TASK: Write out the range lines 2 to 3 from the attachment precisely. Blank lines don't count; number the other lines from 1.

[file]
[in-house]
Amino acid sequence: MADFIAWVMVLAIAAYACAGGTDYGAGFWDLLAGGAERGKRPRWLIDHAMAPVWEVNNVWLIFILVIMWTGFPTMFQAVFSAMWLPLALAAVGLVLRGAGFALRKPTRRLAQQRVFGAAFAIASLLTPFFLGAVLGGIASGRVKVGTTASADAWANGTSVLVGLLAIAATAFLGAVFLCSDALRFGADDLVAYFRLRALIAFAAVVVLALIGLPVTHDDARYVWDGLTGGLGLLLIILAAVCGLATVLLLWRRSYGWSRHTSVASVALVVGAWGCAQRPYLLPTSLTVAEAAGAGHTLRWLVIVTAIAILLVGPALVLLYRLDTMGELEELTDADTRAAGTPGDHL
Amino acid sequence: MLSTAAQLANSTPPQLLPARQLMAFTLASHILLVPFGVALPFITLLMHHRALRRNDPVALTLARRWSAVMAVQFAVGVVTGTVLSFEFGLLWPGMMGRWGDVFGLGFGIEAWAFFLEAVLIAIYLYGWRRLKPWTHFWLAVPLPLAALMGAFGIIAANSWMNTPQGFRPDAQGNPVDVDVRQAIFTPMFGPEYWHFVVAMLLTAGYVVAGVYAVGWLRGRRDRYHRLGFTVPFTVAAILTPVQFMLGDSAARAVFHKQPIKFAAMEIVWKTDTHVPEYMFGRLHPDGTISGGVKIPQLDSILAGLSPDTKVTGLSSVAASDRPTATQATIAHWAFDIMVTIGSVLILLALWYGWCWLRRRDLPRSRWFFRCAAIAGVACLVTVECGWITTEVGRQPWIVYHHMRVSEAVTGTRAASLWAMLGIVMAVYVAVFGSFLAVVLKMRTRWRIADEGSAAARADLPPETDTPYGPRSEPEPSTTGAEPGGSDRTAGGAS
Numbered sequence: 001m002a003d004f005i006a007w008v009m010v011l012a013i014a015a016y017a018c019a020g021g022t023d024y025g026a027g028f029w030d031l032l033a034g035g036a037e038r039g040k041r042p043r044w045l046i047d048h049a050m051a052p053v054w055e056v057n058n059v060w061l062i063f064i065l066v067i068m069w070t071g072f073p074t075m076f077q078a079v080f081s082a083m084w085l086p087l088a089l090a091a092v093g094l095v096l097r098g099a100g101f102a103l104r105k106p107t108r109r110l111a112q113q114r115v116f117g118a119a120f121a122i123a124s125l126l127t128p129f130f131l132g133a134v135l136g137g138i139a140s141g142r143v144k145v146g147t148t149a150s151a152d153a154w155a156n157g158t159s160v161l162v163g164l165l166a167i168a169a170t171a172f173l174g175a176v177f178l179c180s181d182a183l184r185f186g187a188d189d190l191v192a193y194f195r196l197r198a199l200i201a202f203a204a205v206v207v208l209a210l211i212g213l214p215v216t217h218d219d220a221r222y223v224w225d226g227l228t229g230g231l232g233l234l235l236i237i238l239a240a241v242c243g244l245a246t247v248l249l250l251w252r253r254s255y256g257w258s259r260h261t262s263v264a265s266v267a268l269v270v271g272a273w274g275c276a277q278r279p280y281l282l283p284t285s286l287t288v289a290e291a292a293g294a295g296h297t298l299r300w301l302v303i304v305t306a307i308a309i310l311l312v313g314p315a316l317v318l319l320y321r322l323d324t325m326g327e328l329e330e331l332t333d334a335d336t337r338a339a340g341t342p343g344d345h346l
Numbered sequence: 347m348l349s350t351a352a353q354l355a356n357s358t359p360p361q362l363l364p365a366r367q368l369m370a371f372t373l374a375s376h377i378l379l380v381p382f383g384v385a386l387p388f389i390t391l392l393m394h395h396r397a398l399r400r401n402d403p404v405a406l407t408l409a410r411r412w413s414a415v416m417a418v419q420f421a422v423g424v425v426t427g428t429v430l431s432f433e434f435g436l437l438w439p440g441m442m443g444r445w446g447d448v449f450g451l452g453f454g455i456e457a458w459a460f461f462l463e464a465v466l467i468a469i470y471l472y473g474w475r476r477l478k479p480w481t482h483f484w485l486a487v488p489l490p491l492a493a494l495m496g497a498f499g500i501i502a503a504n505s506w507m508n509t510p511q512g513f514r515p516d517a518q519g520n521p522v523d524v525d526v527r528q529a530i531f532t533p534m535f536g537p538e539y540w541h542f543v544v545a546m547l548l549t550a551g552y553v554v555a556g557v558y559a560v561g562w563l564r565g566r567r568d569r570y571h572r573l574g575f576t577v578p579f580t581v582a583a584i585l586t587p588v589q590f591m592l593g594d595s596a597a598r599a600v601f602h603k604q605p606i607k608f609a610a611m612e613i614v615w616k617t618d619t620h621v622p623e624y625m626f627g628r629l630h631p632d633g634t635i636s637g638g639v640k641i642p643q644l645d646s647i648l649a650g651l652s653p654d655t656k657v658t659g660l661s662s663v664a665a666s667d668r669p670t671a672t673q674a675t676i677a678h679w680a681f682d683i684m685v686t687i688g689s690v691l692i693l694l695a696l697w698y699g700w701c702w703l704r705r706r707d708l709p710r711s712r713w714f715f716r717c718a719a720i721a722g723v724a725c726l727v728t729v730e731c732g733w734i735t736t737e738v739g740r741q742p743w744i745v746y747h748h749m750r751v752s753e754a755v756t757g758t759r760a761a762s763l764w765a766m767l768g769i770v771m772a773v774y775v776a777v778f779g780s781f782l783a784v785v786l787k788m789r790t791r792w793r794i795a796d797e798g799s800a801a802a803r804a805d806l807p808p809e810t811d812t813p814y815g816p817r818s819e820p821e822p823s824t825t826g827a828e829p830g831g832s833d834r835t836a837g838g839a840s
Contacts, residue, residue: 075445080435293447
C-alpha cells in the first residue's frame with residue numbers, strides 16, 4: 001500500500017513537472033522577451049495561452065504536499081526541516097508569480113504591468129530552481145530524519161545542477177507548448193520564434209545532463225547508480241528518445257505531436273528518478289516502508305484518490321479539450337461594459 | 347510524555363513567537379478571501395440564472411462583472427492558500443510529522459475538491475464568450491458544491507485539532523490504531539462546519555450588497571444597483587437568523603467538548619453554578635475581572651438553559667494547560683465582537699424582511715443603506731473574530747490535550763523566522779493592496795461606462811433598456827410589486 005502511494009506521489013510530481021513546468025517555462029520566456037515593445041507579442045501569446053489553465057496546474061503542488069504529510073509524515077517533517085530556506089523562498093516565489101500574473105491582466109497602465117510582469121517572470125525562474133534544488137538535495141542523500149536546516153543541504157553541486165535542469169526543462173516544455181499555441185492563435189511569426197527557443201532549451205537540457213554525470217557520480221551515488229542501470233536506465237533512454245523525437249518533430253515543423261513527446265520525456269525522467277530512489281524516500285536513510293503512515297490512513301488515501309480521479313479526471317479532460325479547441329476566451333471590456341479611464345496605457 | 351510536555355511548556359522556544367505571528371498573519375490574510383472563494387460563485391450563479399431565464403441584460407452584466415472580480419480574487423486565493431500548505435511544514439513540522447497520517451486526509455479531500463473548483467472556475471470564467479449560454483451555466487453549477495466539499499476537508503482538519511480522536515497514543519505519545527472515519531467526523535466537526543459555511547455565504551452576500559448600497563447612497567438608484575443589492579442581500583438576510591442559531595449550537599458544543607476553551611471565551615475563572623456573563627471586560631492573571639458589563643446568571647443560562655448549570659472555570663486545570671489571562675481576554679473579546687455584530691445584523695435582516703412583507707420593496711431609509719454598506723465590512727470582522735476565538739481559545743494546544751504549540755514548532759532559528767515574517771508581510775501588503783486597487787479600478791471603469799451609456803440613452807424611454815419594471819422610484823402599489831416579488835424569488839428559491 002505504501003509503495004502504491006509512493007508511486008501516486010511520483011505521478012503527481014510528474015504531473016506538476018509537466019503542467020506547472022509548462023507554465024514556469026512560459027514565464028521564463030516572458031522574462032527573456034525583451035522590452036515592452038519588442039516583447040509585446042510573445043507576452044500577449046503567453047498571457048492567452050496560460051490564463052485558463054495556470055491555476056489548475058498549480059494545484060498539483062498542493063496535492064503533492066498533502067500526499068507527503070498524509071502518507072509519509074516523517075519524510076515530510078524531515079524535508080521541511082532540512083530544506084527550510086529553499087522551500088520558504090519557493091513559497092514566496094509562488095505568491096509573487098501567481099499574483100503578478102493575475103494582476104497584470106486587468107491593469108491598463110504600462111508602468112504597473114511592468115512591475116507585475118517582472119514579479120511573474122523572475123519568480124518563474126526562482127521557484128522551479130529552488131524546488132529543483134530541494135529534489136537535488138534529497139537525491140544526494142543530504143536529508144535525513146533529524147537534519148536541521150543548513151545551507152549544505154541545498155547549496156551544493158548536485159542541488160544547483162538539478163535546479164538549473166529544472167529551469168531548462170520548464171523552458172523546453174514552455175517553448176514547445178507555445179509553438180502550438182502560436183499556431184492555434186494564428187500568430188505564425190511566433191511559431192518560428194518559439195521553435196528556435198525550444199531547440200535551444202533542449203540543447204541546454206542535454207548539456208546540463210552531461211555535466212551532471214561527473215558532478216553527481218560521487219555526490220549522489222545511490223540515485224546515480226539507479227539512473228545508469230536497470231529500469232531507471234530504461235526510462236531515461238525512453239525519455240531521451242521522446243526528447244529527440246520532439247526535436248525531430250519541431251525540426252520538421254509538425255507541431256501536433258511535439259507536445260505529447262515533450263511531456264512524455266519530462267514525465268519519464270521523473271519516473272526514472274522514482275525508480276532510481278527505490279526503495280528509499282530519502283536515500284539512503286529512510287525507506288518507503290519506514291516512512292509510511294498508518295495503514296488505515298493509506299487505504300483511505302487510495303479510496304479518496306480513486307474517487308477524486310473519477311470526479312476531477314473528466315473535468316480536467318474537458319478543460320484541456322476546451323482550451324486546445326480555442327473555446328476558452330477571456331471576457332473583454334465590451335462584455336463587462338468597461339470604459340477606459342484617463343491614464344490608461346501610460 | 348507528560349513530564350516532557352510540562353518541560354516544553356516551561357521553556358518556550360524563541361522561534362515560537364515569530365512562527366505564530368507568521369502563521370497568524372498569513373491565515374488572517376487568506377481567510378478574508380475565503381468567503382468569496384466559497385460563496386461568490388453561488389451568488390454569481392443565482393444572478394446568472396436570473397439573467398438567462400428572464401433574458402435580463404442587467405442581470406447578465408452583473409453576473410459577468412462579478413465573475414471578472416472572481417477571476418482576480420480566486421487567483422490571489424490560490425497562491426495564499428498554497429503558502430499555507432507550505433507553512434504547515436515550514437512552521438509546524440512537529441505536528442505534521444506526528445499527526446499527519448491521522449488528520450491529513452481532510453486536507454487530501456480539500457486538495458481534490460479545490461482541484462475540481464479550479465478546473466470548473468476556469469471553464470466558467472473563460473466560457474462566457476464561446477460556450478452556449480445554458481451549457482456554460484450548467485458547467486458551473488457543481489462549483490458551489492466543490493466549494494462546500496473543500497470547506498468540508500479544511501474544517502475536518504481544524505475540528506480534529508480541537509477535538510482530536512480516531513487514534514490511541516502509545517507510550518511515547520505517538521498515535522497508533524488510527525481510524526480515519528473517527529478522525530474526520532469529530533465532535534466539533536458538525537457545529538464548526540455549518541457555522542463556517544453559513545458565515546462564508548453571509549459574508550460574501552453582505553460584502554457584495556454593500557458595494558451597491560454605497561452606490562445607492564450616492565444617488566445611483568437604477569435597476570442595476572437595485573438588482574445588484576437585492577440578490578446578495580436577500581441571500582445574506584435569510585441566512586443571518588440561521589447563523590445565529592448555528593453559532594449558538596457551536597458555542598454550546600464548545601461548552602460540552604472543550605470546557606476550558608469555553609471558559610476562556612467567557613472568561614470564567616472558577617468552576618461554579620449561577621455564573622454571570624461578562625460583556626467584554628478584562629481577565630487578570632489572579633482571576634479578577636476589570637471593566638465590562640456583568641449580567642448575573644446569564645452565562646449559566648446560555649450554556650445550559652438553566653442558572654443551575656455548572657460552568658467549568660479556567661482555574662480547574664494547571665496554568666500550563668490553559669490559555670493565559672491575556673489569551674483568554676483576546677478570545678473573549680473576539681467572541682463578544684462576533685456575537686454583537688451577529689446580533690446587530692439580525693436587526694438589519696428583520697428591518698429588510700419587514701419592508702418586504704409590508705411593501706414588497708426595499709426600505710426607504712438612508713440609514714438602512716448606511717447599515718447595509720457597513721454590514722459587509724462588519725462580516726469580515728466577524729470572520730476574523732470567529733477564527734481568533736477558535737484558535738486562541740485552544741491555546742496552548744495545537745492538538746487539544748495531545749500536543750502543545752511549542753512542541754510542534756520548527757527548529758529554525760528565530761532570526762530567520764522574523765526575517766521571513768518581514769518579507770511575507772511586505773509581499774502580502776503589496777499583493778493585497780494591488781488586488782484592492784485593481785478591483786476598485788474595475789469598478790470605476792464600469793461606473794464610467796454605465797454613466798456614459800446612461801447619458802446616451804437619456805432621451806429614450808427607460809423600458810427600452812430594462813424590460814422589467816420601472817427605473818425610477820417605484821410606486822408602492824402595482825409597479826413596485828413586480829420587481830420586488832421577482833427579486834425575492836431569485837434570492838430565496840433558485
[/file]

Amino acid sequence: MADFIAWVMVLAIAAYACAGGTDYGAGFWDLLAGGAERGKRPRWLIDHAMAPVWEVNNVWLIFILVIMWTGFPTMFQAVFSAMWLPLALAAVGLVLRGAGFALRKPTRRLAQQRVFGAAFAIASLLTPFFLGAVLGGIASGRVKVGTTASADAWANGTSVLVGLLAIAATAFLGAVFLCSDALRFGADDLVAYFRLRALIAFAAVVVLALIGLPVTHDDARYVWDGLTGGLGLLLIILAAVCGLATVLLLWRRSYGWSRHTSVASVALVVGAWGCAQRPYLLPTSLTVAEAAGAGHTLRWLVIVTAIAILLVGPALVLLYRLDTMGELEELTDADTRAAGTPGDHL
Amino acid sequence: MLSTAAQLANSTPPQLLPARQLMAFTLASHILLVPFGVALPFITLLMHHRALRRNDPVALTLARRWSAVMAVQFAVGVVTGTVLSFEFGLLWPGMMGRWGDVFGLGFGIEAWAFFLEAVLIAIYLYGWRRLKPWTHFWLAVPLPLAALMGAFGIIAANSWMNTPQGFRPDAQGNPVDVDVRQAIFTPMFGPEYWHFVVAMLLTAGYVVAGVYAVGWLRGRRDRYHRLGFTVPFTVAAILTPVQFMLGDSAARAVFHKQPIKFAAMEIVWKTDTHVPEYMFGRLHPDGTISGGVKIPQLDSILAGLSPDTKVTGLSSVAASDRPTATQATIAHWAFDIMVTIGSVLILLALWYGWCWLRRRDLPRSRWFFRCAAIAGVACLVTVECGWITTEVGRQPWIVYHHMRVSEAVTGTRAASLWAMLGIVMAVYVAVFGSFLAVVLKMRTRWRIADEGSAAARADLPPETDTPYGPRSEPEPSTTGAEPGGSDRTAGGAS